Appraisal Articles 2018 Free Appraisal Articles for Appraisers and the Public
You are going to use that new industrial building that you just purchased for indoor tennis courts, and you want to know if those improvements will make the building worth more money? Or you already purchased and remodeled an industrial build to grow marijuana, and now it’s your opinion that those grow improvements are going to make it much more valuable. The problem that appraisers confront every day is that many parties who purchase industrial buildings and then modify them for a specialty purpose believe that there is an entire market full of people out there who are interested in purchasing the modified building, with its improvements, and they believe that there are many people willing to pay a premium for the improvements.
If you are doing FHA appraisals for $ 450 each you know what your time is worth because if you can complete 5 appraisal assignments a week your gross is $ 2,250 X 52 weeks a year is $ 117,000 a year. Most appraisers can’t however work without vacation time or any time off during the week and most don’t get a consistent number of assignments each and every month. An appraiser who does gross that much money makes about $ 56 an hour if they were working a standard 8 AM to 5 PM day, but we all know that appraisers usually work longer hours than that. Appraisers often work weekends, usually for the convenience of our clients, and many appraisers work more than an 8-hour day but have flexible hours if they are working for themselves. So, it’s hard to make comparisons with those in normal jobs if you don’t know how much time an appraiser is putting in to earn his or her income. I sometimes find that the hourly rate that I charged someone was too low because it actually took much longer t
When everyone on your block has rezoned their property commercial and your property is still zoned and planned residential it’s “reasonably probable” that your property will also be approved for a commercial use. Commercial zoning doesn’t exist for the site, so clearly commercial zoning is a hypothetical condition, but for appraisers it’s not taking a giant leap to realize that uses have changed, and the use of the subject will also likely change. There are other situations in the real estate world that can test an appraisers ability to make the right value decisions. Say you are appraising a low-density residentially zoned lot that is set back off the road, behind constructed single-family homes, but large and small vacant parcels surrounding it (including the homes) have been acquired by a speculator. So you are appraising what is effectively a “spite strip” or an “island” like parcel that you know the speculator must have. It appears to a casual observer that nothing has changed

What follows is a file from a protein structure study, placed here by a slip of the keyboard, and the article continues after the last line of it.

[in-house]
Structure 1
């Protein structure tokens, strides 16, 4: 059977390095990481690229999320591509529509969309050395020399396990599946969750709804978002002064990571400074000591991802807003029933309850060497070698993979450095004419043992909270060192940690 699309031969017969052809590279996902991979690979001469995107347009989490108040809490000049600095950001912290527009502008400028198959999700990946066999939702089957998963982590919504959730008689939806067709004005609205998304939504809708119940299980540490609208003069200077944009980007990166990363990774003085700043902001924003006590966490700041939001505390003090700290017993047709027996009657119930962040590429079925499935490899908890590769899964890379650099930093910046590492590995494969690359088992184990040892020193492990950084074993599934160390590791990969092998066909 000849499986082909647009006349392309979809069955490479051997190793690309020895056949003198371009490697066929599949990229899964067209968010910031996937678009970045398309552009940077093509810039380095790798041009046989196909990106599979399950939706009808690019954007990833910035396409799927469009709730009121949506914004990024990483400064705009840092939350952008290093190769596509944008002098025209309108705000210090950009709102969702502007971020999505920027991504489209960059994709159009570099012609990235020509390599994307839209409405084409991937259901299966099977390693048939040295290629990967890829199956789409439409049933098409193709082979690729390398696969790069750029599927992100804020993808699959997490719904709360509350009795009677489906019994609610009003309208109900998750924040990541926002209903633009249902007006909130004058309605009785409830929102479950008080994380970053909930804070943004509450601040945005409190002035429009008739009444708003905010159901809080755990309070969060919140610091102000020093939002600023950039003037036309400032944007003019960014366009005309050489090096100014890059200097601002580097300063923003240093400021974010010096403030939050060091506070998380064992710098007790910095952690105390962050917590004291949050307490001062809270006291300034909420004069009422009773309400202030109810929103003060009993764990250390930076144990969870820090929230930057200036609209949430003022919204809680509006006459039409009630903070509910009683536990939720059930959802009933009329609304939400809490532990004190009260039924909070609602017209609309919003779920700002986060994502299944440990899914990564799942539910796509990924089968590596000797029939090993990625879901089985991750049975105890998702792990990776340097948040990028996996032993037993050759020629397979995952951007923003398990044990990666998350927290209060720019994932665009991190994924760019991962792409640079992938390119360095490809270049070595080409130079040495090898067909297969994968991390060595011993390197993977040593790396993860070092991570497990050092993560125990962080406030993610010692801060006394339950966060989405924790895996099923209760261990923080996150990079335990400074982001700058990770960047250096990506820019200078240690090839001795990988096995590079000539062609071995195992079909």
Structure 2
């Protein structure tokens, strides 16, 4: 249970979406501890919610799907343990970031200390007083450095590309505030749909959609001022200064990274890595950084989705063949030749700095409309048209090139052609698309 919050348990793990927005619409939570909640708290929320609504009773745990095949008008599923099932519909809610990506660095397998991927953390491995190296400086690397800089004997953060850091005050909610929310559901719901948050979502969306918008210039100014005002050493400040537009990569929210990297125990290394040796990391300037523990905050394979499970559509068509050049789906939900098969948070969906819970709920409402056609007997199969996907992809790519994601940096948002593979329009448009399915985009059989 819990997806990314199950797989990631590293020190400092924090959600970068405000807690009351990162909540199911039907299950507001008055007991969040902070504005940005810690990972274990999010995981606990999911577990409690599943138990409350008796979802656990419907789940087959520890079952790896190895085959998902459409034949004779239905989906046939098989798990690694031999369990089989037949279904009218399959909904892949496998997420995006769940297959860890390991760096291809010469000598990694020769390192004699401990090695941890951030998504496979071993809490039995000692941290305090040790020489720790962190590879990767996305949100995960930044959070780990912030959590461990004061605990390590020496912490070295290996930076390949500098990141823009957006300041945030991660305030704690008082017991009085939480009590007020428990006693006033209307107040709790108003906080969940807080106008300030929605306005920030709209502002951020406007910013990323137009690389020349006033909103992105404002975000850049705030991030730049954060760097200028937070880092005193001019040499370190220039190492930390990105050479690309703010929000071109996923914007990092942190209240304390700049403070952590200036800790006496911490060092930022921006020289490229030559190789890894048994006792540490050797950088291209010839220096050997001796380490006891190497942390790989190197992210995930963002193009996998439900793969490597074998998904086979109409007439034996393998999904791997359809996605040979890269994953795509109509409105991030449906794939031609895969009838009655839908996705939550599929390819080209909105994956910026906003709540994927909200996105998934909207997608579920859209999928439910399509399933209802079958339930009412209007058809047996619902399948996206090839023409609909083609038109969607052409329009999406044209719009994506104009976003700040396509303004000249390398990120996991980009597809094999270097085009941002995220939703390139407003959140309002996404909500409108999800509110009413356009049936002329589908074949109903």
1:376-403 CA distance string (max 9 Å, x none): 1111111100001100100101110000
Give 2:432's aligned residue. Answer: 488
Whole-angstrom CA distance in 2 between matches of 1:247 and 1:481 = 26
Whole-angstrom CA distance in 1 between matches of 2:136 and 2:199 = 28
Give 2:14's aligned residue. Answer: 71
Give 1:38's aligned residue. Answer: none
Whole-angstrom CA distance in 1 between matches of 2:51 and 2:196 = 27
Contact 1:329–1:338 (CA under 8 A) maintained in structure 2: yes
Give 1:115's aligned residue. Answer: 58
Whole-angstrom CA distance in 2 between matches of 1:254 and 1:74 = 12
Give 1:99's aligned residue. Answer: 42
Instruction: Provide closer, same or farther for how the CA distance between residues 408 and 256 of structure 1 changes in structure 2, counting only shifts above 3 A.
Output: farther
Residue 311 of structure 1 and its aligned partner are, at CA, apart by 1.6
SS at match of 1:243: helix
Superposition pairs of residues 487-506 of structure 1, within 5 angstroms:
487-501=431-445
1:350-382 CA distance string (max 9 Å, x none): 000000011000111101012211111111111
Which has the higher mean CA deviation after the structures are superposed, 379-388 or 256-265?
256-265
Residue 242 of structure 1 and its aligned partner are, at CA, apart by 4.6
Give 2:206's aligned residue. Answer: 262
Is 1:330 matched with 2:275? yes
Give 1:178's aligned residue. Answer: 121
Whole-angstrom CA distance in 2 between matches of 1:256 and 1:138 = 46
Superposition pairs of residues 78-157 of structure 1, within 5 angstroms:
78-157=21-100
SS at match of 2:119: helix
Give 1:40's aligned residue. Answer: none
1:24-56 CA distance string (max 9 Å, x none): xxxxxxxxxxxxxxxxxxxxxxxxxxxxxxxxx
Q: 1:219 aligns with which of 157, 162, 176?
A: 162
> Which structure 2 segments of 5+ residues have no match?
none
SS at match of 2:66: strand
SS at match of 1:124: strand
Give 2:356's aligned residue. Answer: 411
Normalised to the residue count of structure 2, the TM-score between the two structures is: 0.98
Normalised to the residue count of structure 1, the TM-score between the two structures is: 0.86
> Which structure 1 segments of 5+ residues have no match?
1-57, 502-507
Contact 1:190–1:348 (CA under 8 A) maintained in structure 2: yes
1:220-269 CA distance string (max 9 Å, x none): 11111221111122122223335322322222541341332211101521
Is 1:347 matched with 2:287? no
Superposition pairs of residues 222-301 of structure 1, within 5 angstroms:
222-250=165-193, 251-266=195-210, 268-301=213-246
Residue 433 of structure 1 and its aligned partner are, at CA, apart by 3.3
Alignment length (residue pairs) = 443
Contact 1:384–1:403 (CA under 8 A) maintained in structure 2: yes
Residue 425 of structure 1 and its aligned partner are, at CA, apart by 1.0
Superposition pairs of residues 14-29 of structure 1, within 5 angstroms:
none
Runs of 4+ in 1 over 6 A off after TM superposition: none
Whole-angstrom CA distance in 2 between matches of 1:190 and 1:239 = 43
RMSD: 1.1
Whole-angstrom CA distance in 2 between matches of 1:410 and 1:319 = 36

Once you leave the city and get away from the main, municipal and County water service providers you find out just how valuable water is. If you have a property that is 40 acres in size but you have no water rights or water service you usually have a single home site. You may have zoning that will allow 20 or 40 homes on it but if you can’t provide them all with water you can’t develop the property for all of those homesteads. Water rights are even more important to properties with commercial or industrial zoning, because those properties can never be used for their zoned or planned use without a legal water source. So, you may have an absolutely perfect site with high traffic, visibility and accessibility but if you don’t have the water you can’t develop the property.
Churches are special-purpose or special-use properties and generally not easily converted to alternate uses like retail. Usually you can’t modify a Sanctuary or most other religious buildings for another use, they are just not designed for that purpose. In Las Vegas there are church groups that have purchased what were originally office buildings or retail buildings and then they modified them for church use. Some of those buildings can be reclaimed and used for their original purpose, usually with significant renovation. These buildings are usually rectangular-shaped, one story buildings but they are relatively rare.